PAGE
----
When I was just a boy in Nepal, a strange man in orange robes arrived in our village. He was a monk who spoke of the holy Buddha, a great man who had achieved enlightenment under a fig tree.
"Buddha said that suffering is the lot of men," he said, as everyone in the village began to cluster around him. "Men suffer as long as they cling to desires. You suffer when you don't get something you want or when something you like is taken from you. You even suffer when you have to endure something you do not like."
The crowd nodded in agreement. They certainly knew what suffering was.
"Turn away from suffering. Give up your attachments to the world," he urged us. He told us that his order wanted to start a monastery here in our mountains so that more people could learn about Buddha's Way.
A few days later several more monks appeared begging for their food. When we saw them, my friend BHARAT and I ran to his mother GANDHARI and asked her to cook some extra rice for them.
"Tell the monks to cook their own food!" she retorted.
"Please, mother," Bharat asked.
"All right. But just this time."
We brought a bowl of rice to the men in orange robes. "What is it like to be a monk" I asked one of them.
"We live a simple life together," he said "Whatever food is given to us we share with each other. We spend our lives in prayers and meditation."
I was attracted to what he said. When the monks opened a school for boys, I asked my parents if I could go there. Shortly after that, my parents delivered me to the head monk DHARMA, and I joined the monastery as a novice. My head was shaved, and I put on their orange robes.
We boys studied the words of the Buddha and learned how to chant special prayers. When the time came, I chose to join them. I vowed to give up the world and put the welfare of others before my own. I was given the name ANANDA, one of the Buddha's close companions.
One day when I was begging, I came across my friend Bharat. "How are you?" he asked.
"I'm all right," I answered. "It's a different life, but I've gotten used to it."
"We miss you," Bharat said. "My mother was just saying what a shame it was that you joined the monastery. She thinks all this worship is foolishness."
"Have you ever thought of becoming a monk?" I asked.
He thought for a moment. "Sometimes," he said.
We spoke for a while. I told him about Buddha's teachings and how kind the other monks were. "You know, Bharat, sometimes you just have to break away from home and go your own way."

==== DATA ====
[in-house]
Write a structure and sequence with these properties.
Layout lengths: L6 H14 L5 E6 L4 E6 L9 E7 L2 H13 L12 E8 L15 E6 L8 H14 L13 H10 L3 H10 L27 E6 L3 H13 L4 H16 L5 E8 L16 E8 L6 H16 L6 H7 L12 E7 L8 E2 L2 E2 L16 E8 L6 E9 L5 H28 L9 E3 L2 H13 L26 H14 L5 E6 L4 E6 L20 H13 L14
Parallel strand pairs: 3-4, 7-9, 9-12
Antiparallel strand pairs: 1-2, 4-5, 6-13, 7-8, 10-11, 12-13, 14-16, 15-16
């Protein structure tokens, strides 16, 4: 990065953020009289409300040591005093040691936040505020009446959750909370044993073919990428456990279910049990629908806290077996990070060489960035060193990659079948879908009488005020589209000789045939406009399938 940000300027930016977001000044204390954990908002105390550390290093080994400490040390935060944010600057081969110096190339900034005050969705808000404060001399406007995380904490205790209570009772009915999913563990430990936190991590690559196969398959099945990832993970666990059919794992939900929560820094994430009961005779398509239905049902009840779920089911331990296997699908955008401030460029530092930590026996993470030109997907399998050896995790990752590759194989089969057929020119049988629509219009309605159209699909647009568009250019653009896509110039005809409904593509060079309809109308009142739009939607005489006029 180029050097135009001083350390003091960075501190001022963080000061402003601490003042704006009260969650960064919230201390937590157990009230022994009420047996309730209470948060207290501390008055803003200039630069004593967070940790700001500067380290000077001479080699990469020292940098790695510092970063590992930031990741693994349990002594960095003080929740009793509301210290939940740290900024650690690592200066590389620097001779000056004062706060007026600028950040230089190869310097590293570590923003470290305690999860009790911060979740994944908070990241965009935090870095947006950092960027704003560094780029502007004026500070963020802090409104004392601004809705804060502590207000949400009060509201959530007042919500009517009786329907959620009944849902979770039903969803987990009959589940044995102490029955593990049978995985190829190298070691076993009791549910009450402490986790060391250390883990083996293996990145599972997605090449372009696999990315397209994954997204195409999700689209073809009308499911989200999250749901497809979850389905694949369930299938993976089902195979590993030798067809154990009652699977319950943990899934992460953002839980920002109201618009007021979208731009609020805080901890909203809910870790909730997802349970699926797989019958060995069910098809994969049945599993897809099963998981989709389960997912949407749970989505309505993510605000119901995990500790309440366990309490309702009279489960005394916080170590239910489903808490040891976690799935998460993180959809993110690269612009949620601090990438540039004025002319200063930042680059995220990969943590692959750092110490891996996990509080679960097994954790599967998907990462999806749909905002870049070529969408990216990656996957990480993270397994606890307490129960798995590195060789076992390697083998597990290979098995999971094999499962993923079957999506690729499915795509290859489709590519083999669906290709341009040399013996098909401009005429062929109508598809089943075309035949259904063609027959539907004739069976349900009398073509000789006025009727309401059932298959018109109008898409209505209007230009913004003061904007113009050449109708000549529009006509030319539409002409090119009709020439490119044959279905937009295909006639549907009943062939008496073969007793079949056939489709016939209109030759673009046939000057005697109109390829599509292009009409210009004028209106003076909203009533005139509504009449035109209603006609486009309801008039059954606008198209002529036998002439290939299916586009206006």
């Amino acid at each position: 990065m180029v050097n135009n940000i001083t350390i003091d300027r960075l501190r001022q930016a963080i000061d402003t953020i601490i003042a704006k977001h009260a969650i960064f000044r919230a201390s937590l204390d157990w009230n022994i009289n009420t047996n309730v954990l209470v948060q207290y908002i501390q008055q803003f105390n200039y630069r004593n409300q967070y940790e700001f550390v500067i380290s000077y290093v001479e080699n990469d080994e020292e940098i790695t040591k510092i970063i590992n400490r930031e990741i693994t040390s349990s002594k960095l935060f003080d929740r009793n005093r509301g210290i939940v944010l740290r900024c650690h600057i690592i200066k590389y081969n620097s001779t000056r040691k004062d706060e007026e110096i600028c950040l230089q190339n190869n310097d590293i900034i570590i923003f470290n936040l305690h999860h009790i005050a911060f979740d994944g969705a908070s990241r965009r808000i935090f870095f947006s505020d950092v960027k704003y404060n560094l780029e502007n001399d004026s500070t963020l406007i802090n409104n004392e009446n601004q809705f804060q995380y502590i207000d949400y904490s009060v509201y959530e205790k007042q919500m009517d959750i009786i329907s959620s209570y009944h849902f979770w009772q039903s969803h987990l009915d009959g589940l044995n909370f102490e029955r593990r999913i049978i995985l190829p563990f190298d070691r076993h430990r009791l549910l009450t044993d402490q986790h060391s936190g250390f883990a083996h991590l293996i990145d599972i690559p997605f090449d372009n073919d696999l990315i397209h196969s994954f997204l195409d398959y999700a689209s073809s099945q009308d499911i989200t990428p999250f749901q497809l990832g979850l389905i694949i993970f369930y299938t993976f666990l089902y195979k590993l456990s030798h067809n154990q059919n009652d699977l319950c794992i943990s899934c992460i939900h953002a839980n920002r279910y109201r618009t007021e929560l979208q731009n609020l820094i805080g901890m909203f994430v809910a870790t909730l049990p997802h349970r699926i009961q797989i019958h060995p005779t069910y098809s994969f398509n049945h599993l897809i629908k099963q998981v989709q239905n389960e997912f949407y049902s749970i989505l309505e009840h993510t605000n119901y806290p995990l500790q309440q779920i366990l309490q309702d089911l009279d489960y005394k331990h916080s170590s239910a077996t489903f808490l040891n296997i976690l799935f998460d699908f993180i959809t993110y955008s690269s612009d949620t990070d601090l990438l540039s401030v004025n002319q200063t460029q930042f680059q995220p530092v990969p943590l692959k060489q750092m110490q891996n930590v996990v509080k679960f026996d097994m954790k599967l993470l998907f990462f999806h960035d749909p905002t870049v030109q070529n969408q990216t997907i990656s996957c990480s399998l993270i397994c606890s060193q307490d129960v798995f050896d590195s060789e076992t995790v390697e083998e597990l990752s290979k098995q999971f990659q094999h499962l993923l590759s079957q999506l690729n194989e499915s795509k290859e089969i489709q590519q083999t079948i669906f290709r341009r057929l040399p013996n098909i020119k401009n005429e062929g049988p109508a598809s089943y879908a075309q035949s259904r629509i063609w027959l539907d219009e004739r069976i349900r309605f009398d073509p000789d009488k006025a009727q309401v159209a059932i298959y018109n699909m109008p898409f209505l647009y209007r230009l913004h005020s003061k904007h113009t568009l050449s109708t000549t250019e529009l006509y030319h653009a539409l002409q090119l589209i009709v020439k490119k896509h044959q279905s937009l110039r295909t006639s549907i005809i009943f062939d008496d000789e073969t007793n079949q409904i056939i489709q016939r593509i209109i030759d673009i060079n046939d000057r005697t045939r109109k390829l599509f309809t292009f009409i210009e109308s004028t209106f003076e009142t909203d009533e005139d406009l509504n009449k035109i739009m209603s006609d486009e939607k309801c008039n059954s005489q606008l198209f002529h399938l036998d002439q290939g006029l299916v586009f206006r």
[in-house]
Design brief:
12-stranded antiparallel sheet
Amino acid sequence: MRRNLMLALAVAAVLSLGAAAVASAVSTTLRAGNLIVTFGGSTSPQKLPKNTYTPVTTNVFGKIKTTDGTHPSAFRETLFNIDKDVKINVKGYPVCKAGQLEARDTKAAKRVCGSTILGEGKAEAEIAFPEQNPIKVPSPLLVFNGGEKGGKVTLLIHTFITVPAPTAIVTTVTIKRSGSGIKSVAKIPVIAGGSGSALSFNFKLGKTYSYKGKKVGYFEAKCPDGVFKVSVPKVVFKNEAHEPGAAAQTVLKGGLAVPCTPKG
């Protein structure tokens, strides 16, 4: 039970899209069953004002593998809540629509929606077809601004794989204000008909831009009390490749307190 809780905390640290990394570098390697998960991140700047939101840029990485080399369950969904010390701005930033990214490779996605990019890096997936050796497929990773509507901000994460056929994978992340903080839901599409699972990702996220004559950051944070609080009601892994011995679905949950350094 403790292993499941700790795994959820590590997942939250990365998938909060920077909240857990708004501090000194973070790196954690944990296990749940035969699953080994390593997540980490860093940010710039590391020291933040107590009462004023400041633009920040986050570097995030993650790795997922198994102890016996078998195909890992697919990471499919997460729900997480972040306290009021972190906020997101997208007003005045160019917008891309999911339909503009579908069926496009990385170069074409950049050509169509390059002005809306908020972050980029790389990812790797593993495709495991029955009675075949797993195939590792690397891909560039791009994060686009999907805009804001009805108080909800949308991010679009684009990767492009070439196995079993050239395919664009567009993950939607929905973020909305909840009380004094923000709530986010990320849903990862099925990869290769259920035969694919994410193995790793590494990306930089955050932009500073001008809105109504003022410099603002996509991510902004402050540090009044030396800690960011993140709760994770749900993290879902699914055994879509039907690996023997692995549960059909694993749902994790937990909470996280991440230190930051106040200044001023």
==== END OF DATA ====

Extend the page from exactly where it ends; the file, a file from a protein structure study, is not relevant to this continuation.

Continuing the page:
A few days later his mother appeared at our gates demanding to speak with the head monk. Bharat reached the gates just behind her.
Dharma invited them into our main hall. "What exactly is the problem?" he asked Gandhari calmly.
"My son wants to leave me and join your monastery!" she yelled. "I am a widow. Who will take care of me in my old age?"
"Is this true?" he asked Bharat.
"I am thinking about it. Ananda tells me how nice it is to be with you."
"But how will you care for your mother?" Dharma asked. "She has no other way to support herself."
Bharat looked ashamed. Dharma spoke to him kindly. "You know, our path is the Middle Way. You do not need to become a monk to practice it."
Then he turned to me. "And, Ananda, what's all this about your trying to influence Bharat?
"He's my friend," I answered. "Being a monk would be a better life for him."
"That is for him to decide. You have taken vows." Dharma reminded me. "You must give up this desire for his friendship. You must put his mother's welfare before your own."
Now I looked down. I also felt ashamed.
"Beg the forgiveness of your friend and his mother. Then spend the rest of this day meditating on what has just happened."
I saw his point and did as he requested.
After a long life, I passed into that state between death and birth. I saw how my little self had kept me from reaching Enlightenment. I still had to take birth, but the wisdom of the monks would help me...